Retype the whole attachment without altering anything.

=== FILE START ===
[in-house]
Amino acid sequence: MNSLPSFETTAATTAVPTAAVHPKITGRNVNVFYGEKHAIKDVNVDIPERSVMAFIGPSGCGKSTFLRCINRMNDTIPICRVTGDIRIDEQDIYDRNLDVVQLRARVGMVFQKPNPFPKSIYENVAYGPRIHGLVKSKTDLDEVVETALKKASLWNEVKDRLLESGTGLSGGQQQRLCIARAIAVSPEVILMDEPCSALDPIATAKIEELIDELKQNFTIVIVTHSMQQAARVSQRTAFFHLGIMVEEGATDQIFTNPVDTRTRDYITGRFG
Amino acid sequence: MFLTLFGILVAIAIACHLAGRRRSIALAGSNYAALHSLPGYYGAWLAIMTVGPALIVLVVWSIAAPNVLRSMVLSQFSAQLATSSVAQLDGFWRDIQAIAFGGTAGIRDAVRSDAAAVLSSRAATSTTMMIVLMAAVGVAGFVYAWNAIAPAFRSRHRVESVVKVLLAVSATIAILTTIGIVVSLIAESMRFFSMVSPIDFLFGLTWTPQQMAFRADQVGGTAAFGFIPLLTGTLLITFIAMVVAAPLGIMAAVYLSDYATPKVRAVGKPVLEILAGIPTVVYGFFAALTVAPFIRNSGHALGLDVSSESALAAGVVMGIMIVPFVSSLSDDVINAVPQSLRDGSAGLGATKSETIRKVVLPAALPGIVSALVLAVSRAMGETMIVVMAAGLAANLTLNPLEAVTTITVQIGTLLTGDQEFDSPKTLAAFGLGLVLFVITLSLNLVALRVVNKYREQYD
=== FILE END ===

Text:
[in-house]
Amino acid sequence: MNSLPSFETTAATTAVPTAAVHPKITGRNVNVFYGEKHAIKDVNVDIPERSVMAFIGPSGCGKSTFLRCINRMNDTIPICRVTGDIRIDEQDIYDRNLDVVQLRARVGMVFQKPNPFPKSIYENVAYGPRIHGLVKSKTDLDEVVETALKKASLWNEVKDRLLESGTGLSGGQQQRLCIARAIAVSPEVILMDEPCSALDPIATAKIEELIDELKQNFTIVIVTHSMQQAARVSQRTAFFHLGIMVEEGATDQIFTNPVDTRTRDYITGRFG
Amino acid sequence: MFLTLFGILVAIAIACHLAGRRRSIALAGSNYAALHSLPGYYGAWLAIMTVGPALIVLVVWSIAAPNVLRSMVLSQFSAQLATSSVAQLDGFWRDIQAIAFGGTAGIRDAVRSDAAAVLSSRAATSTTMMIVLMAAVGVAGFVYAWNAIAPAFRSRHRVESVVKVLLAVSATIAILTTIGIVVSLIAESMRFFSMVSPIDFLFGLTWTPQQMAFRADQVGGTAAFGFIPLLTGTLLITFIAMVVAAPLGIMAAVYLSDYATPKVRAVGKPVLEILAGIPTVVYGFFAALTVAPFIRNSGHALGLDVSSESALAAGVVMGIMIVPFVSSLSDDVINAVPQSLRDGSAGLGATKSETIRKVVLPAALPGIVSALVLAVSRAMGETMIVVMAAGLAANLTLNPLEAVTTITVQIGTLLTGDQEFDSPKTLAAFGLGLVLFVITLSLNLVALRVVNKYREQYD